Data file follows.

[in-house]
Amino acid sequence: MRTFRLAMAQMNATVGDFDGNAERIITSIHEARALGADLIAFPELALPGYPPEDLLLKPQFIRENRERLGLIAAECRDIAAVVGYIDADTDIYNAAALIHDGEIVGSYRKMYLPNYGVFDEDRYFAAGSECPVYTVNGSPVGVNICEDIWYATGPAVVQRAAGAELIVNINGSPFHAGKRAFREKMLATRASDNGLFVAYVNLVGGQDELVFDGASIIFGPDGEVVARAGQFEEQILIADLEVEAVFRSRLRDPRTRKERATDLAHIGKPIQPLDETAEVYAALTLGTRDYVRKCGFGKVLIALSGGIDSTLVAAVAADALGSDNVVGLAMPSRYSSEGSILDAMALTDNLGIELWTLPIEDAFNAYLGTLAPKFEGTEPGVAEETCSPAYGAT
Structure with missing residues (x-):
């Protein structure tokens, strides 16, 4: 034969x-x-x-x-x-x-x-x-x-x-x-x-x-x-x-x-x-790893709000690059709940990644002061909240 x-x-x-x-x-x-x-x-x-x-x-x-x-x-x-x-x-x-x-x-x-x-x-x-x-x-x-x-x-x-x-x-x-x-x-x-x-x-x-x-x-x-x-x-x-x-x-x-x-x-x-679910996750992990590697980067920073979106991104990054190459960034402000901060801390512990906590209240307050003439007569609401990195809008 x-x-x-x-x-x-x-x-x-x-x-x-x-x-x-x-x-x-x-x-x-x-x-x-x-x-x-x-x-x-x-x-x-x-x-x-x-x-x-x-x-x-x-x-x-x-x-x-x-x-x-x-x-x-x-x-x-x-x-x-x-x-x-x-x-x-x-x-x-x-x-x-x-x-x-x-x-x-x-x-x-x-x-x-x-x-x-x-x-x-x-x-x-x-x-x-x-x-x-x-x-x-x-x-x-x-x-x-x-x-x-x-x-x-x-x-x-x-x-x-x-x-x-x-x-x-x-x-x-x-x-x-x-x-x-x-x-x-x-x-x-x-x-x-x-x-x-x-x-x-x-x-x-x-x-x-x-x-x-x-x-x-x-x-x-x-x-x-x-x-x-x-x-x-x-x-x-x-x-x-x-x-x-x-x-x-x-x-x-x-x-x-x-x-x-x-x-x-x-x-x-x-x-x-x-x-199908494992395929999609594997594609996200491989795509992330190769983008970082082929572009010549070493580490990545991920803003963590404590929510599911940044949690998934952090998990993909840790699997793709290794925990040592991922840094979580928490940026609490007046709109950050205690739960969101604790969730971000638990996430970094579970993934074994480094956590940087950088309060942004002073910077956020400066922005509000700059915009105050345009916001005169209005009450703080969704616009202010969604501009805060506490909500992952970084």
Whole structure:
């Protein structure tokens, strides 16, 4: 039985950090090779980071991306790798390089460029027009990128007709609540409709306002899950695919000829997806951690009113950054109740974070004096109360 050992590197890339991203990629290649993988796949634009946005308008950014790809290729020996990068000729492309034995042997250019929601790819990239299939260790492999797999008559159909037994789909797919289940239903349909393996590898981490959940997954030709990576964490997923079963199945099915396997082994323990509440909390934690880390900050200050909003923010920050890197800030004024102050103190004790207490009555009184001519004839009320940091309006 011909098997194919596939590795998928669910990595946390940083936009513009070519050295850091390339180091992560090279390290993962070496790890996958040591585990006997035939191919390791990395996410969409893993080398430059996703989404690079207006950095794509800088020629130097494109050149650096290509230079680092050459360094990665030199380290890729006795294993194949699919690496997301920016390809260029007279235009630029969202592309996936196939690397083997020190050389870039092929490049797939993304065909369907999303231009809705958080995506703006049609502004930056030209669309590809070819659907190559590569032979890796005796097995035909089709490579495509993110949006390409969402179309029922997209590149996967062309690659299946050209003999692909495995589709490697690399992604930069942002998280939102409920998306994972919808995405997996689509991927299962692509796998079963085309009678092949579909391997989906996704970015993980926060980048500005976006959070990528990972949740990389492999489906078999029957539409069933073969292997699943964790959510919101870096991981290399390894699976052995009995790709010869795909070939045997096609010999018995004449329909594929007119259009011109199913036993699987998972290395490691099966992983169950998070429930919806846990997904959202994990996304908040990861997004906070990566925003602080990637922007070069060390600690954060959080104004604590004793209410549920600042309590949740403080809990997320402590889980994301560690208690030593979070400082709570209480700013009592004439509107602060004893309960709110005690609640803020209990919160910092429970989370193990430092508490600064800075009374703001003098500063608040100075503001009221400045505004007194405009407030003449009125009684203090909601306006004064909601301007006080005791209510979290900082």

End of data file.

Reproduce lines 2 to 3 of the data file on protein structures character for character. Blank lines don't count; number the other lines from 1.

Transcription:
Amino acid sequence: MRTFRLAMAQMNATVGDFDGNAERIITSIHEARALGADLIAFPELALPGYPPEDLLLKPQFIRENRERLGLIAAECRDIAAVVGYIDADTDIYNAAALIHDGEIVGSYRKMYLPNYGVFDEDRYFAAGSECPVYTVNGSPVGVNICEDIWYATGPAVVQRAAGAELIVNINGSPFHAGKRAFREKMLATRASDNGLFVAYVNLVGGQDELVFDGASIIFGPDGEVVARAGQFEEQILIADLEVEAVFRSRLRDPRTRKERATDLAHIGKPIQPLDETAEVYAALTLGTRDYVRKCGFGKVLIALSGGIDSTLVAAVAADALGSDNVVGLAMPSRYSSEGSILDAMALTDNLGIELWTLPIEDAFNAYLGTLAPKFEGTEPGVAEETCSPAYGAT
Structure with missing residues (x-):